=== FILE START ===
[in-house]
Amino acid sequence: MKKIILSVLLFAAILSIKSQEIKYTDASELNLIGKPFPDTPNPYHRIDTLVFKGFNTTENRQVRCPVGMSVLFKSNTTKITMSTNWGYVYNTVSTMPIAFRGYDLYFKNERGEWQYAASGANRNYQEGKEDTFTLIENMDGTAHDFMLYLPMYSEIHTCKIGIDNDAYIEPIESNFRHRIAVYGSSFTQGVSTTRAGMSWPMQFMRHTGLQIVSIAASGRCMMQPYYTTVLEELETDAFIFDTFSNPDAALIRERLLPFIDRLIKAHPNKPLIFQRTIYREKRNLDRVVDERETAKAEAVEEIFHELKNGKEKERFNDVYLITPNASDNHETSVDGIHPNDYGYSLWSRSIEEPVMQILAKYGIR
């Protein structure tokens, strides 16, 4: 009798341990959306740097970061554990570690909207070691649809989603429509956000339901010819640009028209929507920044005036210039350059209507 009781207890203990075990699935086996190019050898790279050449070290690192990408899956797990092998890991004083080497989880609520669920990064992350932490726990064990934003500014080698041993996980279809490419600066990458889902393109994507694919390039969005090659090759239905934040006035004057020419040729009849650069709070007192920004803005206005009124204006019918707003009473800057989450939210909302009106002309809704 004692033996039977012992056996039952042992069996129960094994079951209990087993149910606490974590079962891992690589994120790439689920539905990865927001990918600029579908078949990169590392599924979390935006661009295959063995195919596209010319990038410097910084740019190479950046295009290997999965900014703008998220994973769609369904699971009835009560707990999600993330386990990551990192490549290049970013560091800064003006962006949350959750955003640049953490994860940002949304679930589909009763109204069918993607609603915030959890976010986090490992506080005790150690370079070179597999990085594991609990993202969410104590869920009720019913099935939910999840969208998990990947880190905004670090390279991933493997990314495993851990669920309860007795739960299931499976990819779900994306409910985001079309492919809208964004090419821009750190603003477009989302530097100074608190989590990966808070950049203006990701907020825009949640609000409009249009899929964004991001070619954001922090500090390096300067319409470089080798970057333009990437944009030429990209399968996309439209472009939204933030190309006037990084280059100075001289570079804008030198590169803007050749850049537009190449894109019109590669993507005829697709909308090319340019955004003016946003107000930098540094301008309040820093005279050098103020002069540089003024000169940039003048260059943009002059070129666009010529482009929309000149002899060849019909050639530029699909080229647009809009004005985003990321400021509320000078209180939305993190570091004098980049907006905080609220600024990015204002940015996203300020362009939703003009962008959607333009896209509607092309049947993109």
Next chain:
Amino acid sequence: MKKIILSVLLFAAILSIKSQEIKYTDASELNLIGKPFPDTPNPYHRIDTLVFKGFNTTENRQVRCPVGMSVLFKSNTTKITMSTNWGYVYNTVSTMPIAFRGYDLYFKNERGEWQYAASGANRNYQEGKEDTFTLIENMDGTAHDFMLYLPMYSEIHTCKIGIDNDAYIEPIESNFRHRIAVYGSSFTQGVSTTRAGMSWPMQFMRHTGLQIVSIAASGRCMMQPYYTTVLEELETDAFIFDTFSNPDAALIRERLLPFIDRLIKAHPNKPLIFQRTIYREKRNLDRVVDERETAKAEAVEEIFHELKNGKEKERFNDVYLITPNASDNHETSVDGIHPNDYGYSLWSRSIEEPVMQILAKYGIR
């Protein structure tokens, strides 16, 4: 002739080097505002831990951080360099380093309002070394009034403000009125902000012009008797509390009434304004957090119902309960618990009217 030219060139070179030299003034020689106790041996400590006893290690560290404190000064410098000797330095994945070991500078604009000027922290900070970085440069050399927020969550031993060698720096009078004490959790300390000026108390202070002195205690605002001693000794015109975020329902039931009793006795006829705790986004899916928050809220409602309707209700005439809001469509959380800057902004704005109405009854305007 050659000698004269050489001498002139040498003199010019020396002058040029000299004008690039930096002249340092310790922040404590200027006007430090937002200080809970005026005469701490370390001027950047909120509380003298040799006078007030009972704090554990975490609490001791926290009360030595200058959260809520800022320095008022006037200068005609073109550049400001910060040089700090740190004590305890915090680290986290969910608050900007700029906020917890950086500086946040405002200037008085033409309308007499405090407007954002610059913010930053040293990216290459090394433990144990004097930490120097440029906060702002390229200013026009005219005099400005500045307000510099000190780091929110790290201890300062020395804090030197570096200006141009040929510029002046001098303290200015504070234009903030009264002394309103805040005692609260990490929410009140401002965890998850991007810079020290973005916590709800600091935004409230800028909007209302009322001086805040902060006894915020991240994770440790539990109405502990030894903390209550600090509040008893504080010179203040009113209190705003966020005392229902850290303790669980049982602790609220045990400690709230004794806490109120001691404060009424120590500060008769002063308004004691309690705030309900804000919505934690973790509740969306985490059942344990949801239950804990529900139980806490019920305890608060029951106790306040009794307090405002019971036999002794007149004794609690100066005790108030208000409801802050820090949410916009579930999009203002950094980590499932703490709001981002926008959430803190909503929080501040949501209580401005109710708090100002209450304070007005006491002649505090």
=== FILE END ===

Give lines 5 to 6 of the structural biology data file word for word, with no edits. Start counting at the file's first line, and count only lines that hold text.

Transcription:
Amino acid sequence: MKKIILSVLLFAAILSIKSQEIKYTDASELNLIGKPFPDTPNPYHRIDTLVFKGFNTTENRQVRCPVGMSVLFKSNTTKITMSTNWGYVYNTVSTMPIAFRGYDLYFKNERGEWQYAASGANRNYQEGKEDTFTLIENMDGTAHDFMLYLPMYSEIHTCKIGIDNDAYIEPIESNFRHRIAVYGSSFTQGVSTTRAGMSWPMQFMRHTGLQIVSIAASGRCMMQPYYTTVLEELETDAFIFDTFSNPDAALIRERLLPFIDRLIKAHPNKPLIFQRTIYREKRNLDRVVDERETAKAEAVEEIFHELKNGKEKERFNDVYLITPNASDNHETSVDGIHPNDYGYSLWSRSIEEPVMQILAKYGIR
């Protein structure tokens, strides 16, 4: 002739080097505002831990951080360099380093309002070394009034403000009125902000012009008797509390009434304004957090119902309960618990009217 030219060139070179030299003034020689106790041996400590006893290690560290404190000064410098000797330095994945070991500078604009000027922290900070970085440069050399927020969550031993060698720096009078004490959790300390000026108390202070002195205690605002001693000794015109975020329902039931009793006795006829705790986004899916928050809220409602309707209700005439809001469509959380800057902004704005109405009854305007 050659000698004269050489001498002139040498003199010019020396002058040029000299004008690039930096002249340092310790922040404590200027006007430090937002200080809970005026005469701490370390001027950047909120509380003298040799006078007030009972704090554990975490609490001791926290009360030595200058959260809520800022320095008022006037200068005609073109550049400001910060040089700090740190004590305890915090680290986290969910608050900007700029906020917890950086500086946040405002200037008085033409309308007499405090407007954002610059913010930053040293990216290459090394433990144990004097930490120097440029906060702002390229200013026009005219005099400005500045307000510099000190780091929110790290201890300062020395804090030197570096200006141009040929510029002046001098303290200015504070234009903030009264002394309103805040005692609260990490929410009140401002965890998850991007810079020290973005916590709800600091935004409230800028909007209302009322001086805040902060006894915020991240994770440790539990109405502990030894903390209550600090509040008893504080010179203040009113209190705003966020005392229902850290303790669980049982602790609220045990400690709230004794806490109120001691404060009424120590500060008769002063308004004691309690705030309900804000919505934690973790509740969306985490059942344990949801239950804990529900139980806490019920305890608060029951106790306040009794307090405002019971036999002794007149004794609690100066005790108030208000409801802050820090949410916009579930999009203002950094980590499932703490709001981002926008959430803190909503929080501040949501209580401005109710708090100002209450304070007005006491002649505090």